The Cost of COVID: How the pandemic is affecting the self-employed

  • Research

The lockdown and the other circumstances of the pandemic have led to a freelancer financial crisis. Many freelancers are missing out on support, struggling with increasing levels of late payment and burning through their savings to get by. This has severe consequences not only for their financial futures, but also for their mental health and wellbeing.

Worryingly, it seems that the most severe financial crisis is among more vulnerable groups including younger freelancers and those with lower incomes. The crisis also seems to be affecting female freelancers more than men.

Previous research by IPSE showed that the average freelancer has seen a 31 per cent drop in income since last year. However, of those surveyed for this research, over half (56%) said they had not accessed government support – either because they could not or for a range of other reasons.

Many freelancers’ financial situations also seem to have worsened because of an increase in the prevalence of late payment. This is not a new issue with over half of freelancers (56%) saying they have experienced late payment at some point in their career. However, since the pandemic began, over a third of freelancers (36%) say late payments are becoming more common, leaving even more of them financially insecure.

Late payment has done significant financial harm to many self-employed people during the pandemic. Almost a quarter of freelancers who had been paid late (23%) said they used up most or all of their savings as a result, while a fifth (22%) had to resort to credit cards or overdrafts to get by. Worryingly, 17 per cent of freelancers said late payment left them without enough money to cover work expenses and one in six (15%) said they did not have enough to cover living costs. Women, younger and lower paid freelancers were more likely to be in both of these situations.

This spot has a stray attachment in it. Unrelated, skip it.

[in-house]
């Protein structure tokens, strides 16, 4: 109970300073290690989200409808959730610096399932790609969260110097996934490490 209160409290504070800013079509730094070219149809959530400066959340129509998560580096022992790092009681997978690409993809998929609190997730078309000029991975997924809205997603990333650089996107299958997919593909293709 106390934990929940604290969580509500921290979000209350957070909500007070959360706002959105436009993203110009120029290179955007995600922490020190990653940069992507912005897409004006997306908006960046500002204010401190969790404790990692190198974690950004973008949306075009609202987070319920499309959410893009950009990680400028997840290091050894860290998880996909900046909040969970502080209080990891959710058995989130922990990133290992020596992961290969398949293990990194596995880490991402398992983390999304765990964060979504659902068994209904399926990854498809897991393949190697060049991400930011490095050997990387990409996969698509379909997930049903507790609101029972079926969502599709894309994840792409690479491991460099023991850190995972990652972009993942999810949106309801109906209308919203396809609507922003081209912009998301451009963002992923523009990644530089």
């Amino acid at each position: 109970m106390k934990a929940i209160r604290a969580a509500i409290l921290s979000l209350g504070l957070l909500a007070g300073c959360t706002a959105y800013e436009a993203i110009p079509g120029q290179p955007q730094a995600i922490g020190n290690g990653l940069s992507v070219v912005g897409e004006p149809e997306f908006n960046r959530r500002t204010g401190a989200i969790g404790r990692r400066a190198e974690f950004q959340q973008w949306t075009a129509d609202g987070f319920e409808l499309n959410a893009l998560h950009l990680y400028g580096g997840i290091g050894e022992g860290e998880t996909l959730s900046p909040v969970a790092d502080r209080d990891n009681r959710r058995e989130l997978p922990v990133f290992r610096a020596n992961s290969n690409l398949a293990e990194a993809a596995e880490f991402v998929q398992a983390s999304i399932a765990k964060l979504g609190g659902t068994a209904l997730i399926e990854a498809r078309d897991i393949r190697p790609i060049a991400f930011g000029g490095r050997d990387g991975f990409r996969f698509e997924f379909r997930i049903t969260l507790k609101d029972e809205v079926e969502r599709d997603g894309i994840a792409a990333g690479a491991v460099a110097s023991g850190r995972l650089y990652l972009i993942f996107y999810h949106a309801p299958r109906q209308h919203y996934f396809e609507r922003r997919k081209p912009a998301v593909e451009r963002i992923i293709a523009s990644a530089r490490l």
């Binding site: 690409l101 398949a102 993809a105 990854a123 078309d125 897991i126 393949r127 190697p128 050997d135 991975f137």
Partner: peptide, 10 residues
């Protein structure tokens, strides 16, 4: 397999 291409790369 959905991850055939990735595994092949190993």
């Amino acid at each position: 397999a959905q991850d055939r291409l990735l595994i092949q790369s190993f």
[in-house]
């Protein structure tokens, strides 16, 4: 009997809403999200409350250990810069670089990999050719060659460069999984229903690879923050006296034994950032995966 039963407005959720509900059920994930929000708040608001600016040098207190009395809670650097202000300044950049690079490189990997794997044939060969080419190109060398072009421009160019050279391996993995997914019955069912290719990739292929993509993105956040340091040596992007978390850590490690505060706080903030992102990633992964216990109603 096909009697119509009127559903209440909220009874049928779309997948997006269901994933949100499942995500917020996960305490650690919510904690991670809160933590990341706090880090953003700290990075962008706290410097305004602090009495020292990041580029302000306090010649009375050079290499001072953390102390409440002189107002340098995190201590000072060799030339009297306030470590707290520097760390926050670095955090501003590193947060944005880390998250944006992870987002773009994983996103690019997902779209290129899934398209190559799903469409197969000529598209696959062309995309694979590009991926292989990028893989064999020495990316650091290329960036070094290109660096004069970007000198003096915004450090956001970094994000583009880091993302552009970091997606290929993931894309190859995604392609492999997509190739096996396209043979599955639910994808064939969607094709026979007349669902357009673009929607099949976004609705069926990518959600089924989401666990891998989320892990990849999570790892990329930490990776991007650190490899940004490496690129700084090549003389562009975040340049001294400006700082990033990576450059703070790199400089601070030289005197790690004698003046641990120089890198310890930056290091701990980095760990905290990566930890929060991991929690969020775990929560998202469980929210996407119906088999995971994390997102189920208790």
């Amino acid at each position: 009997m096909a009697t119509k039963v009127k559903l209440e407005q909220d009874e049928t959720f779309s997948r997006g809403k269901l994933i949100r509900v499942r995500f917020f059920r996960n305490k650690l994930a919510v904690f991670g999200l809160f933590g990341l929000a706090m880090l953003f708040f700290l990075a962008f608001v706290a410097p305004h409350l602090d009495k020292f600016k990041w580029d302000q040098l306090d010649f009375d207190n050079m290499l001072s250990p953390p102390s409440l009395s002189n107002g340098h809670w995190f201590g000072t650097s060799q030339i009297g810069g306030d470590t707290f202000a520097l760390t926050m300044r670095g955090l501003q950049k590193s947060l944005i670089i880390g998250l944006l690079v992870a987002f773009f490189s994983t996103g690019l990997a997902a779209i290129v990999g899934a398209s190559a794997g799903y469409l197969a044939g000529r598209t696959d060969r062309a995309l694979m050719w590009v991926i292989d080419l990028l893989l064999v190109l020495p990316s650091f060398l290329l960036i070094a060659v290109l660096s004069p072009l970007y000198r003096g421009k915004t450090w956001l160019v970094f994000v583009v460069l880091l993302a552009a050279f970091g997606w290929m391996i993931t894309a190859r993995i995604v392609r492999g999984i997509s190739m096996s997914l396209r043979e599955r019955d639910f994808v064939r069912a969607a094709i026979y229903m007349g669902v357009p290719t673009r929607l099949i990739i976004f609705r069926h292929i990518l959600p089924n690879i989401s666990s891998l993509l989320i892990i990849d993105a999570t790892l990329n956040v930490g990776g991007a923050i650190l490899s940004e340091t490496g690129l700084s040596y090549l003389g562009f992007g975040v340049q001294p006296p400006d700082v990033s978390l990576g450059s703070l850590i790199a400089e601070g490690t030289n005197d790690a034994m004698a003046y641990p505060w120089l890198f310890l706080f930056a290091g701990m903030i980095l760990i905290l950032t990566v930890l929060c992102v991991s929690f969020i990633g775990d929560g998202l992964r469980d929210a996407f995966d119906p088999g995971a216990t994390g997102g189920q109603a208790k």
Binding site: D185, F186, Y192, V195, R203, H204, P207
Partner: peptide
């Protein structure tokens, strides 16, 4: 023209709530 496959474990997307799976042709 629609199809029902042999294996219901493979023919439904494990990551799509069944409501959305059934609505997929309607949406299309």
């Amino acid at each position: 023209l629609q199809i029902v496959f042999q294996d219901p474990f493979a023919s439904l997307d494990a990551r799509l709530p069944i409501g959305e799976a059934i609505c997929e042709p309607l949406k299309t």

Late payment is also having a significant impact on mental health. Half (48%) of freelancers who were paid late said they were left feeling stressed or anxious and a third (31%) said they lost sleep over it. Female freelancers were more likely than men to report late payment having a negative impact on their mental health.

As a result of these difficult financial circumstances – fuelled by coronavirus and a rise in instances of late payments – a quarter of freelancers (27%) have burned through most or all of their savings to get by. Just under a quarter (23%) said they had used credit cards to support themselves, while a fifth (20%) took money out of their businesses and one in seven (14%) used their overdrafts. One in ten even had to borrow from friends and family (11%) or sell items they owned (10%).

Women, younger and lower paid freelancers were all more likely to have borrowed money from family and friends. Women and younger freelancers were also more likely to have sold items to support themselves. Younger freelancers were more likely, too, to have used most or all of their savings to get by.

These financial difficulties are likely to lead to ongoing problems for many freelancers – in particular when they face their next tax return. Although almost half (47%) said they have been putting money aside throughout the year to prepare for their tax return, nearly a fifth (18%) said they will have to borrow money to pay their taxes, while one in seven (14%) have not started saving to pay their taxes and will start closer to the deadline.

Read the full report here

 

Meet the authors

Chloe Jepps

Head of Research

Inna Yordanova

Senior Researcher